Institute of Automatic Control Research Systems & Control Seminar
Minimax strategy in approximate model predictive control (Andrei Pavlov, University of Melbourne)
10 Jul
10. Jul. 2019 | 12:00 - 13:00
Systems & Control Seminar (IRT)

Minimax strategy in approximate model predictive control (Andrei Pavlov, University of Melbourne)

Systems & Control Seminar

  • Wednesday, 10.07.2019, 12:00 h
  • Room A247, Building 3403, Appelstr. 11


Model predictive control (MPC) provides a tractable way of calculating control actions that optimize some measure of performance while ensuring that the states and inputs satisfy some prescribed set of constraints. While an MPC formulation of a control problem might be attractive from a theoretical point of view, practical implementations are often limited. This is due to extensive computational resources required for exactly solving the optimization problem at each time step. The Explicit MPC framework was developed to address this issue and reduce the resources needed to compute the control law at each time step. However, it comes with the added cost of increased memory storage, as well as, the need to solve a computationally expensive point location problem. One way to alleviate the difficulties associated with solving such point location problems is to try to approximate the solution of Explicit MPC over a partitioned state space. The main challenge faced in implementing such approximate solutions is ensuring that the system remains stable while the state and input constraints remain satisfied. The contributions of the approach introduced in this talk are as follows. First, a new methodology for calculating an approximate solution is developed. Second, a test, that entails solving a finite number of convex optimization problems, for ensuring the stability of the system is proposed. Furthermore, it is shown that the proposed approach together with an anisotropic partitioning scheme greatly improves upon the state-of-the-art in the area of Approximate Explicit MPC in terms of size of the state space partitioning. The efficacy of the approach is also demonstrated through the application to a balancing robot.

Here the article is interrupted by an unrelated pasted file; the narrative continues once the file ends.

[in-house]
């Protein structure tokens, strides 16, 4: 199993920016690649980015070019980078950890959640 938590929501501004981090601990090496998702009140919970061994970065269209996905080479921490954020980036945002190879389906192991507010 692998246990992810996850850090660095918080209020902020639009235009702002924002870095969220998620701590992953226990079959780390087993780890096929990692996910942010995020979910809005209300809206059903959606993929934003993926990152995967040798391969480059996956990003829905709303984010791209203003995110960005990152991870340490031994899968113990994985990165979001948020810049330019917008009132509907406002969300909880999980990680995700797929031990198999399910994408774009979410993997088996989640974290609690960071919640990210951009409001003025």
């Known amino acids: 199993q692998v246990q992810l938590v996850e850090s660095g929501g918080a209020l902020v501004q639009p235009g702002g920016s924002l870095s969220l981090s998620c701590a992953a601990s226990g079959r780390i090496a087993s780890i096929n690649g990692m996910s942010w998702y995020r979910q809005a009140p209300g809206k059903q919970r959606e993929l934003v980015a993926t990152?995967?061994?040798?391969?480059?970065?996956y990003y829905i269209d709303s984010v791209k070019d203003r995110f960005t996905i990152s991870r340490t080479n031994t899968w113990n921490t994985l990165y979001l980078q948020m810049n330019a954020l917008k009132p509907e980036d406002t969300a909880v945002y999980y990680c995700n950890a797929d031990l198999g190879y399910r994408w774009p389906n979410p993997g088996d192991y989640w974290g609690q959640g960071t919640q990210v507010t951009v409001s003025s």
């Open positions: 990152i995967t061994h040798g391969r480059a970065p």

Biographical information

Andrei Pavlov is currently a PhD student at the Department of Electrical and Electronic Engineering, the University of Melbourne, Australia. He received his M.Sc. degree in Physics from Lomonosov Moscow State University, Russia. His current research interests include numerical optimization and its applications to optimal control.


10. Jul. 2019
12:00 - 13:00